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The nutritional benefits of breast feeding children

The recent news that babies raised on formula who start eating solid foods before they are four months old may be more likely to become obese later on should come as no surprise.

The findings support U.S. guidelines which recommend that wait until babies are between six and six months old before starting to feed solid foods, said Dr. Susanna Huh, one of the study's lead authors from Children's Hospital Boston.

"Adhering to those guidelines could reduce the risk of obesity in childhood," she told Reuters Health.

However, there is nothing to say that even at six months, that mothers should put their babies on to solids if they are still satisfied with the breast milk. Even when they do go on to solids, some children are still breastfed until they start school. Apart from social conventions, there is no reason not to continue breastfeeding children so long as they enjoy it, and there are lots of good health reasons in favour of the practice.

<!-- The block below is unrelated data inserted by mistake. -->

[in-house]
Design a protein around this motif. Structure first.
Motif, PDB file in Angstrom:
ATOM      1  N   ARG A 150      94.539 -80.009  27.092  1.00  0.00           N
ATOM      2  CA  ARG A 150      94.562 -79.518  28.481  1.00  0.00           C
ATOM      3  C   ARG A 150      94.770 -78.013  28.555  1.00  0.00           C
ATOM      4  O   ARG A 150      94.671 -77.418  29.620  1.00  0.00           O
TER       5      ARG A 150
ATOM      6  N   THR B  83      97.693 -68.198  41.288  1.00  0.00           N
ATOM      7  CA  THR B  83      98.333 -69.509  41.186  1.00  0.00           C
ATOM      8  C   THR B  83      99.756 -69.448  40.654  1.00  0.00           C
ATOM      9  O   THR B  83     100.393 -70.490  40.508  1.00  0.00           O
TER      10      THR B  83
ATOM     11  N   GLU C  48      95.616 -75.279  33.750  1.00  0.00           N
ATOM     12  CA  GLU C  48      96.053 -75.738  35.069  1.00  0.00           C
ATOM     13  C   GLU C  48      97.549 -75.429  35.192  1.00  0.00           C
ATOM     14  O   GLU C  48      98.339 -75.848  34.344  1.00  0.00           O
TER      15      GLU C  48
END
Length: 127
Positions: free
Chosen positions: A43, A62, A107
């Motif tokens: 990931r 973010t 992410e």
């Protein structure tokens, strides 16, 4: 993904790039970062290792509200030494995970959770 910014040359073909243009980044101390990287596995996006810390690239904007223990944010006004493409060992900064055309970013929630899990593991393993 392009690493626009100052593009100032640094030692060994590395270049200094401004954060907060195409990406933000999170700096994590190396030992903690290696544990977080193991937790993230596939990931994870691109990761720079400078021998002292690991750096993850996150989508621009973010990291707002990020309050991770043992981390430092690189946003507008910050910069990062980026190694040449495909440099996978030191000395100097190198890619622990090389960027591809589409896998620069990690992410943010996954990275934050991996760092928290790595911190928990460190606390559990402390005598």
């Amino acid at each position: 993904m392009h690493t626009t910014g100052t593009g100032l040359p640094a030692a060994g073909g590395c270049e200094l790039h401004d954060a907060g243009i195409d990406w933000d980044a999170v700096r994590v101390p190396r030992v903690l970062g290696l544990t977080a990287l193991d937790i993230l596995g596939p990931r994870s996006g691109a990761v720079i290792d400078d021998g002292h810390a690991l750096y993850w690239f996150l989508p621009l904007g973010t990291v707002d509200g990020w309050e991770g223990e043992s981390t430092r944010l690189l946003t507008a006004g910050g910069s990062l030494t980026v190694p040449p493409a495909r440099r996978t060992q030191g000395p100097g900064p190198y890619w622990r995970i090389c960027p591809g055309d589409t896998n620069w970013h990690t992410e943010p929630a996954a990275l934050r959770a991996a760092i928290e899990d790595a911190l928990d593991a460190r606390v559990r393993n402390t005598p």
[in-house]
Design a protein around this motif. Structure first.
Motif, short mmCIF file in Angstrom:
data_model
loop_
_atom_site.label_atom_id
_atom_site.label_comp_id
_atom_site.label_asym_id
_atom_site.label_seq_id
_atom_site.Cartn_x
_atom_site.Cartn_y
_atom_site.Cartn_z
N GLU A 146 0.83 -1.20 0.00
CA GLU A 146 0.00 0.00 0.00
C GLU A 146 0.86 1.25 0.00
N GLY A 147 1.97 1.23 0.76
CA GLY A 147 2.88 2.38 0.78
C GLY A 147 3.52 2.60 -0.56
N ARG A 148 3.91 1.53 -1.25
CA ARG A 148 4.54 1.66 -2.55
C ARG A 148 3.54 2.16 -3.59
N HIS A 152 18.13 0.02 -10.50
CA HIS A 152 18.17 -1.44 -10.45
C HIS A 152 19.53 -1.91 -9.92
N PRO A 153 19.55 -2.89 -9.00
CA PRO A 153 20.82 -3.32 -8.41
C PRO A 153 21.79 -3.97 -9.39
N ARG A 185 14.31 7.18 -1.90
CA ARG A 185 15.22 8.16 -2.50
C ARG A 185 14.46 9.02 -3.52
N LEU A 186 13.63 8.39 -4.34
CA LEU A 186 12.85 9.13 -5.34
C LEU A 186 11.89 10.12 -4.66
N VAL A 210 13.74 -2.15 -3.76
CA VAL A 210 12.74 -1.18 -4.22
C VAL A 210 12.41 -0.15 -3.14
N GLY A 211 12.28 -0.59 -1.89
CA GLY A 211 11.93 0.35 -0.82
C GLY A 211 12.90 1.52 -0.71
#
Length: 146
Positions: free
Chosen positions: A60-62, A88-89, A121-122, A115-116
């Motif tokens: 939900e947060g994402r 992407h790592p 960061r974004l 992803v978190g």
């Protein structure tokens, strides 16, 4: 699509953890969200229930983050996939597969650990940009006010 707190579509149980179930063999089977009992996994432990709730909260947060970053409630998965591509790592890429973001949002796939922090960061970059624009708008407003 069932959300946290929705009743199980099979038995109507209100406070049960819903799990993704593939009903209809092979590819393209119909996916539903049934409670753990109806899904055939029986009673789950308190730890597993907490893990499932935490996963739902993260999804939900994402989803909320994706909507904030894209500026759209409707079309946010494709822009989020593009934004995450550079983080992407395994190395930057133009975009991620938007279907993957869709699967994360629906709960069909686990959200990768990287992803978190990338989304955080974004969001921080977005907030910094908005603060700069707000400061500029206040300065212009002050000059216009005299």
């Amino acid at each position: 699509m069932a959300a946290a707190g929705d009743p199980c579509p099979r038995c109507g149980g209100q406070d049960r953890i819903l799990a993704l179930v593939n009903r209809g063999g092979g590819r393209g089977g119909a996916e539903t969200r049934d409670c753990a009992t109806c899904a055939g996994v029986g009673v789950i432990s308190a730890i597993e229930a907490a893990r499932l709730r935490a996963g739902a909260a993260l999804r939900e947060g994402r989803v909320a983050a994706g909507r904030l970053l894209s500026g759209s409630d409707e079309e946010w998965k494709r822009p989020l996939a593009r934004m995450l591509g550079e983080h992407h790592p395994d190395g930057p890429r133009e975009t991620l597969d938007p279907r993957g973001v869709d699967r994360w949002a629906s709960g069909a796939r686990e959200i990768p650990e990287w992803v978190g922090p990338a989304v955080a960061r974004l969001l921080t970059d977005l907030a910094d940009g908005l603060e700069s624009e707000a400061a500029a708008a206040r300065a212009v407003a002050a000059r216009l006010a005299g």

For one thing, the precious collustrum in the mother’s milk is invaluable for how well the child’s immune system functions, even into adulthood.

What is colostrum?

Colostrum is that first, thick creamy liquid which the breasts start to produce usually within hours of the birth.

Colostrum is a very important part of breast milk which lays down the immune system and
confers growth factors and other protective factors for the young ones in mammals. It is a vital source of passive immunity achieved by the mother and is transferred to the baby, and it also gives protection against gastrointestinal infections.

Colostrum is so important that adults are sometimes prescribed it as a supplement, to take as part of nutritional therapy.

What is nutritional therapy?

Nutritional therapy is considered to be an alternative form of medicine, despite the fact that it is widely recognised throughout the medical world that good nutrition and diet is crucial for health and wellbeing.

Nutritional therapy is based on the idea that personal well-being and illnesses are directly affected by the diets we consume, and that through consultation with a nutritional therapist we can get the body back on track, so that it is able to fight disease effectively on its own.

To learn more about nutritional therapy, go to The Therapy Book.

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